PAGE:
Following the dawn of a new decade, a flurry of optimistic articles were written about the incredible progress humanity has made since the start of the new millennium and the expected milestones in human flourishing that our species will likely achieve by 2030. As several authors have highlighted, extreme poverty, infant mortality, and illiteracy have all fallen to historic lows, and our species is more peaceful, smarter, and technologically advanced than ever before.

However, by looking at the overall trends in global well-being, it can be difficult to determine what life is actually like, and indeed, what the future holds for the world’s poorest people. Fortunately, the forecast for the world’s most impoverished region, sub-Saharan Africa, is a bright one.

Back in 2000, The Economist described Africa as the “hopeless continent,” adding that the “new millennium has brought more disaster than hope to Africa.” Thankfully, in the 20 years since The Economist’s somber diagnosis, much has changed.

In fact, over the last twenty years, the gross domestic product (GDP) of sub-Saharan Africa has tripled, and average per capita incomes, adjusted for inflation and purchasing power, have more than doubled. Beyond economic measurements, infant mortality rates have almost halved and literacy rates have increased by 8 percent. That may not sound like much, but this increase means that 136 million more Africans can read and write since the year 2000.

Over the same period, life expectancy in the region has increased by more than 10 years— meaning, that for every day that went by, life expectancy increased by a whopping 12 hours. For many people, this increase would be the difference between knowing your grandchildren or dying before they were born.

It’s important to consider that much of the progress in Africa has only occurred since the late 1990s and has largely coincided with Africa’s new, more liberalized economy. As Marian Tupy, editor of, notes, “for much of their post-colonial history, African governments have imposed central control over their economies.” Measures such as expropriation of private land, price and wage controls, state-owned enterprises that prevented competition, and more, were all too common.

But, according to Tupy, “that began to change after the fall of the Berlin Wall. Socialism lost much of its appeal and the Soviet Union, which bankrolled and protected many African dictatorships, fell apart.” Between 1996 and 2016, economic freedom in the region, as measured by the Fraser Institute, a Canadian think-tank, rose from 5.1 out of 10 to 6.15.

It is, of course, hard to predict the future of a region that contains 46 countries and a population of over 1 billion people, but looking at the trends of the past couple of decades is a good place to start. As Mark Littlewood, Director General of the Institute of Economic Affairs, recently noted, “of course, doomsayers will say that past results are no guarantee of future performance. They are technically correct…but the past does surely act as a reasonable guide.”

Even with no further economic liberalization, sub-Saharan Africa will likely continue to grow rapidly over the next decade.

Today, average income in the region is equal to that of the average Western European living in the year 1900 — roughly $4,000 per year. By 2030, based on current growth trends, it can be reasonably expected that incomes in sub-Saharan Africa will be equal to that of the average Western European in 1934 (i.e., approximately $5,000 per year). A sum of $5,000 per year is not much to live on, but the fact that sub-Saharan Africa will likely achieve the same income growth over a 10-year period as Western Europe did over 34 years, is remarkable.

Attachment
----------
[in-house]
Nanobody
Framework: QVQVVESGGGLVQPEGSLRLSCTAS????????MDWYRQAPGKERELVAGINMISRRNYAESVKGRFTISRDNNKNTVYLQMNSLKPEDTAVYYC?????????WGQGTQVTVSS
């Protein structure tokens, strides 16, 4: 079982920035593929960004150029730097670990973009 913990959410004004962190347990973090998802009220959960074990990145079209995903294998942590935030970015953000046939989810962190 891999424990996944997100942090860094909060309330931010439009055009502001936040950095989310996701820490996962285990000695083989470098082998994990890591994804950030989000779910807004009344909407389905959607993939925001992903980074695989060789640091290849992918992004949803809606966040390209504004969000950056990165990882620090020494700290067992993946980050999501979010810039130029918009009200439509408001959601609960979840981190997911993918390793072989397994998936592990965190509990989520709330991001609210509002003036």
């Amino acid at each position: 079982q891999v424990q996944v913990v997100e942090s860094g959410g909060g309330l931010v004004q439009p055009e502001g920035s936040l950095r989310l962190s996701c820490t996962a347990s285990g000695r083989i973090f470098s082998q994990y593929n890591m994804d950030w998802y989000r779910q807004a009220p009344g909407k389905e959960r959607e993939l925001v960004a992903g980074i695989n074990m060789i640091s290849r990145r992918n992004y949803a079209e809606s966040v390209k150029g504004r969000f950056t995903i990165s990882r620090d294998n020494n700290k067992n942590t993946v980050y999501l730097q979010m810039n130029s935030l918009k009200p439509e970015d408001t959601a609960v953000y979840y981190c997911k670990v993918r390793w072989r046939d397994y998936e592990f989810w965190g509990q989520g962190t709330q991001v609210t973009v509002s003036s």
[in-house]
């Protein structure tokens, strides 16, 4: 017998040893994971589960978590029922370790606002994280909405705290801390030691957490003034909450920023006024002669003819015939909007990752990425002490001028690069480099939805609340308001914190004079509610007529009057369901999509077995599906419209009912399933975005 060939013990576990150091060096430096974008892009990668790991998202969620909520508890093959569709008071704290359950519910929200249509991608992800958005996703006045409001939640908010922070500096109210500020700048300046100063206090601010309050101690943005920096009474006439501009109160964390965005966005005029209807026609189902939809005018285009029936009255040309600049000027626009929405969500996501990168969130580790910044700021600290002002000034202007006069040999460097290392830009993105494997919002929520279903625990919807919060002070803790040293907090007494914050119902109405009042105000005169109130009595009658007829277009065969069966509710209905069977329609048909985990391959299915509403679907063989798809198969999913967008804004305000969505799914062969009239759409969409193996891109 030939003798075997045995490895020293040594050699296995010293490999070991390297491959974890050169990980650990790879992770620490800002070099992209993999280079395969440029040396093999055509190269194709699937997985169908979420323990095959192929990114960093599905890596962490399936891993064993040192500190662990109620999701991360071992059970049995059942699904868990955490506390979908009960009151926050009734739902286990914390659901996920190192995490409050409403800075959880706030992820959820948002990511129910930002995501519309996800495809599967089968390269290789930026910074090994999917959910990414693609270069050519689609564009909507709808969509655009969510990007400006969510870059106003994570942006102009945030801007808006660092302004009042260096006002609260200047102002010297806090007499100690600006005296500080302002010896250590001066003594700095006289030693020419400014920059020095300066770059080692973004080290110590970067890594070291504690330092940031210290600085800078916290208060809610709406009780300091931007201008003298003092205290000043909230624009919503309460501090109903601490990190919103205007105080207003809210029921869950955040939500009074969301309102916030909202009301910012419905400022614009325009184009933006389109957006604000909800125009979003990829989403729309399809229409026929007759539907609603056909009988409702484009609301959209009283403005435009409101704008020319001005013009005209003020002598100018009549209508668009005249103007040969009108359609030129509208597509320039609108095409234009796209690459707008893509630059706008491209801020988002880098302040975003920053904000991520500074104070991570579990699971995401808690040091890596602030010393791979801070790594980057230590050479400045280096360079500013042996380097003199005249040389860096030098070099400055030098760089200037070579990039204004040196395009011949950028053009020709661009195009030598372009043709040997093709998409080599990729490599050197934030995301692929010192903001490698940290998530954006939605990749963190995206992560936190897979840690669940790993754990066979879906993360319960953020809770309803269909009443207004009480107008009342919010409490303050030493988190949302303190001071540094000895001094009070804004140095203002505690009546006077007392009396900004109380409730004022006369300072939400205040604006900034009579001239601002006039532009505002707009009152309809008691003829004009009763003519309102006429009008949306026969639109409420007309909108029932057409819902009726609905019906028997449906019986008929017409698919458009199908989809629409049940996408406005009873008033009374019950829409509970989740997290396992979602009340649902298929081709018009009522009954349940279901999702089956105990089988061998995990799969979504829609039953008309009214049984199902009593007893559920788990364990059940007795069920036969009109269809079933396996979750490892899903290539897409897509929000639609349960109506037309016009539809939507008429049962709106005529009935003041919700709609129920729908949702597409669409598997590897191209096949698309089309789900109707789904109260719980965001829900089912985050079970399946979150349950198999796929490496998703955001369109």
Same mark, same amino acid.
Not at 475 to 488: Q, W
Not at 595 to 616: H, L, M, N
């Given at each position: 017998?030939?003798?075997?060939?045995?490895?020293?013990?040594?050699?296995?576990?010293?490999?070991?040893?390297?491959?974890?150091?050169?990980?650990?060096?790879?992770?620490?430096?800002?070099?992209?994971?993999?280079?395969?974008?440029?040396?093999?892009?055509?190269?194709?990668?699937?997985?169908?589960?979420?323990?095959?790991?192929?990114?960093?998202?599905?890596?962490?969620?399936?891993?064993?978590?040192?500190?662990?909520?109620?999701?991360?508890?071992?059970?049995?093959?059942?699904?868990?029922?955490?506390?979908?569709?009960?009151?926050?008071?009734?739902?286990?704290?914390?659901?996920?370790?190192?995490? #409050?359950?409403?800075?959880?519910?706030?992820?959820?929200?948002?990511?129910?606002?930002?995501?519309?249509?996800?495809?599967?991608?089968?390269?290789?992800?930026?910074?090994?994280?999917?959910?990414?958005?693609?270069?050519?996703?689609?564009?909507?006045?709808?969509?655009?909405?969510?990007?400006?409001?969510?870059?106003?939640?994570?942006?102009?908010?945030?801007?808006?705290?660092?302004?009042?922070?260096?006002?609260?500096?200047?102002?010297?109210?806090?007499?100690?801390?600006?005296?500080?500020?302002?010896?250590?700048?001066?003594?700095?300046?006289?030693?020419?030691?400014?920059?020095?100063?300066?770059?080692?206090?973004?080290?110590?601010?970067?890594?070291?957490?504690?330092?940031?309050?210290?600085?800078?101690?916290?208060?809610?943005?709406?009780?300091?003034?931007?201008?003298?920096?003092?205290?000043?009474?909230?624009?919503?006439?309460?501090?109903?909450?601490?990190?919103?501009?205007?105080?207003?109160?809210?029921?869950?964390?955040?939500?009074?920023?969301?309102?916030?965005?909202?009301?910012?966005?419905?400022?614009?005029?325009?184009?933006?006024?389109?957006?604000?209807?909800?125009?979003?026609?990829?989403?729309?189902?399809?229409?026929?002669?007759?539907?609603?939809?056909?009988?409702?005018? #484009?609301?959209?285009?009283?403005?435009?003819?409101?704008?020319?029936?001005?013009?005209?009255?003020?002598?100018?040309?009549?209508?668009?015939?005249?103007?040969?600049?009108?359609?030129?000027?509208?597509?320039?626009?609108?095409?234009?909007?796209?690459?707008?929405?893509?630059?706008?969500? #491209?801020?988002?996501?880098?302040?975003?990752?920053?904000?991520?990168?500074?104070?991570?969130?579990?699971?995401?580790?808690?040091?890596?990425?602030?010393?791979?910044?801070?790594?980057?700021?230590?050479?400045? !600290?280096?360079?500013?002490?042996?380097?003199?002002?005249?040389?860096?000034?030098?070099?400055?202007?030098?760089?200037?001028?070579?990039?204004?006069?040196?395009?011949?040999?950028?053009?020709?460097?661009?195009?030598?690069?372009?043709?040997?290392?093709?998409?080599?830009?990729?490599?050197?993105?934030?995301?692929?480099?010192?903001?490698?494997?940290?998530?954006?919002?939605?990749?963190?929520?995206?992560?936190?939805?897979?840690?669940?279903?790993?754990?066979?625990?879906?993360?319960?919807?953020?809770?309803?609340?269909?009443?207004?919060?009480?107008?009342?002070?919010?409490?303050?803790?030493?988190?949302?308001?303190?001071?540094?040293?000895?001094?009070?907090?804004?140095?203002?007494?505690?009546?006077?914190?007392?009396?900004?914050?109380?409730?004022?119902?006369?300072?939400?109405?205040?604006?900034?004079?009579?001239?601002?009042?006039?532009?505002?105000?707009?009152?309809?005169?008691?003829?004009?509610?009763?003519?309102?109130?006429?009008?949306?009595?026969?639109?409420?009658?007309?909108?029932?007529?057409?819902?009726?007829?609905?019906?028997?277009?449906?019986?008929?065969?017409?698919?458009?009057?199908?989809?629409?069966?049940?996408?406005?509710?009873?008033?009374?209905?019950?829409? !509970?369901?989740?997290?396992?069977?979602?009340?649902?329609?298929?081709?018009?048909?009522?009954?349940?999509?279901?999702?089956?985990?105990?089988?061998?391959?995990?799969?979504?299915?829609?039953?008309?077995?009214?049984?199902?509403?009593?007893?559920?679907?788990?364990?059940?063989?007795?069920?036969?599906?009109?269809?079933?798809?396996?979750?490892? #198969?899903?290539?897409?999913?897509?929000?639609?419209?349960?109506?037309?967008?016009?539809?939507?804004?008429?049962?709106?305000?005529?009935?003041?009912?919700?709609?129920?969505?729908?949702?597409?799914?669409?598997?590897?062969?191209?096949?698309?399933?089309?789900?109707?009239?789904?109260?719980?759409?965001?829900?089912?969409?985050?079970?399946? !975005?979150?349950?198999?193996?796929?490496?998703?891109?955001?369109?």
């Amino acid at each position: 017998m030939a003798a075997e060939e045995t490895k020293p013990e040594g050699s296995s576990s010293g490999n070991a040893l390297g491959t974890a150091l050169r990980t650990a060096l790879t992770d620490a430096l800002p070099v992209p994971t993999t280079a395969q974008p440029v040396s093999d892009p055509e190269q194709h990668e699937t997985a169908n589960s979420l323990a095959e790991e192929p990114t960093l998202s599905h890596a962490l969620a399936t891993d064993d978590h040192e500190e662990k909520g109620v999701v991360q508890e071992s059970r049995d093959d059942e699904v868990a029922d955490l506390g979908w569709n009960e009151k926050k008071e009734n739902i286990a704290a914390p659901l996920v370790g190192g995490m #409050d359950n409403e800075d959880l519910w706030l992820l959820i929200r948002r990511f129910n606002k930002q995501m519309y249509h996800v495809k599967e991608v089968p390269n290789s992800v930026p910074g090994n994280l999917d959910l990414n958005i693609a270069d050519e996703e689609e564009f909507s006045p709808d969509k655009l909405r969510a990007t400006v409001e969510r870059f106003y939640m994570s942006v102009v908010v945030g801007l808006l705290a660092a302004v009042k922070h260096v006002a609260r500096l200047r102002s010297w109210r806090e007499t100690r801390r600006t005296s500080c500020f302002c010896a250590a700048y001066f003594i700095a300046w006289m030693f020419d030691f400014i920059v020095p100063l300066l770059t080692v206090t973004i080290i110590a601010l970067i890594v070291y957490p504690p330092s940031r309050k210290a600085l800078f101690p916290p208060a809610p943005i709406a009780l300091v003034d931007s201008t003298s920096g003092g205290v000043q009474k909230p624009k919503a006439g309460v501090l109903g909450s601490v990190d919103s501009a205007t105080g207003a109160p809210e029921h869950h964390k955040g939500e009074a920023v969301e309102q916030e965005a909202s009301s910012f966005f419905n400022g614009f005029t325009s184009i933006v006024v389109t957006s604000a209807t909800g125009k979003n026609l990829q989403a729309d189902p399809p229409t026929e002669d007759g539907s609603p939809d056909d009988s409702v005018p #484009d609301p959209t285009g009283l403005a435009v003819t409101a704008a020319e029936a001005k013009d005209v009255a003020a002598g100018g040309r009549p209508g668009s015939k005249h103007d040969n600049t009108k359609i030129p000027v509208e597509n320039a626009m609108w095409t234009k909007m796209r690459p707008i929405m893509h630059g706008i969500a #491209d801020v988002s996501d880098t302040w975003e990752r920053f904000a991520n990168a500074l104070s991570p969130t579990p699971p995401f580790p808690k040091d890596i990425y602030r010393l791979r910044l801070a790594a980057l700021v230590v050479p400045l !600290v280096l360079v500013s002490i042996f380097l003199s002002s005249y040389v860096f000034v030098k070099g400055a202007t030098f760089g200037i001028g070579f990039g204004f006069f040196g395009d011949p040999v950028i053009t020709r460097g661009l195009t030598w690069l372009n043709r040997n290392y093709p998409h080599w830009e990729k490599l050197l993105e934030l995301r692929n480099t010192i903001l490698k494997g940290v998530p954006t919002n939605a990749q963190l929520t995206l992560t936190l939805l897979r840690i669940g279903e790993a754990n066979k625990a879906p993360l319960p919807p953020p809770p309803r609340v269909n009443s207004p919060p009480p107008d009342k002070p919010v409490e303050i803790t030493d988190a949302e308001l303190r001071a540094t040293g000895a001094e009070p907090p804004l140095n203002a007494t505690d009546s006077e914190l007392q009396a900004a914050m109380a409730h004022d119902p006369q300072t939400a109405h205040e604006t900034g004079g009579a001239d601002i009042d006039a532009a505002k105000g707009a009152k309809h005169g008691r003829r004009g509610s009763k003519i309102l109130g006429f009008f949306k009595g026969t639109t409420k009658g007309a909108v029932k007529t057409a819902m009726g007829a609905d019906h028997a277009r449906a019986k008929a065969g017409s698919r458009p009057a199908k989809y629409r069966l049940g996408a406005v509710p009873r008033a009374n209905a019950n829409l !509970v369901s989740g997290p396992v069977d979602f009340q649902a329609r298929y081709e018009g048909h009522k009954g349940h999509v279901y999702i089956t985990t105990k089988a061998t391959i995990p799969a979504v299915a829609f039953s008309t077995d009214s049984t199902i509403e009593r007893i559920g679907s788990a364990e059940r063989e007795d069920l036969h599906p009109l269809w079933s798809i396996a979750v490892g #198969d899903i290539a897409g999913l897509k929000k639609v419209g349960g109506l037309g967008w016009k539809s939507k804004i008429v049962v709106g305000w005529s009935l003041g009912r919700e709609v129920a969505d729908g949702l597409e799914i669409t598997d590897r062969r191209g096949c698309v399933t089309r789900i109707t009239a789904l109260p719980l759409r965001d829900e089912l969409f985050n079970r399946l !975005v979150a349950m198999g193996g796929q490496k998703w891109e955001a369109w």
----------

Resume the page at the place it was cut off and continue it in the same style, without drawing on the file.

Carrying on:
If these trends continue, life expectancy in the region will increase by another five years by 2030, and the region’s GDP will also likely surpass $2.2 trillion, making it equal to the eighth-largest economy in the world today.

There’s no guarantee, of course, that over the next decade, some African governments won’t impose barriers that prohibit trade, close borders, forgo property rights, or intervene more heavily in their economies —  all of which would go some way to reverse current progress. However, the good news is that due to the creation of a new continent-wide free trade deal, it seems that the economic liberalization policies that have underpinned much of Africa’s growth over the last 20 years, will likely accelerate in the coming decade.

On July 1, the African Continental Free Trade Area (AfCFTA), which is currently in its operational phase, will be fully implemented. The AfCFTA, which was first adopted by the African Union (AU) in March of 2018, has been signed by all but one of the AU’s 55-member states, with 29 nations having ratified the agreement through their domestic legislatures.

Upon its introduction, the newly-minted free trade area will immediately abolish 90 percent of tariffs on goods traded between member states and, by the end of 2030, a further 7 percent of tariffs that remain on “sensitive products” will be removed. That’s an excellent move given that the United Nations has estimated that AfCFTA could increase intra-African trade by upward of 50 percent within just a few years. After the final tariffs are removed, that number will likely double — no doubt adding billions to the region’s economy.

Throughout the 2020’s, sub-Saharan Africa is likely to continue to be one of the world’s fastest growing regions. Average incomes will rise, life expectancy will increase, and infant mortality rates will continue to plummet. With the introduction of the AfCFTA later this year, the speed of progress might even increase.

Africa has a long way to go to catch up with the West, but we should be thankful that the once-dubbed “hopeless continent” is hopeless no more.

A version of this article appeared in CapX.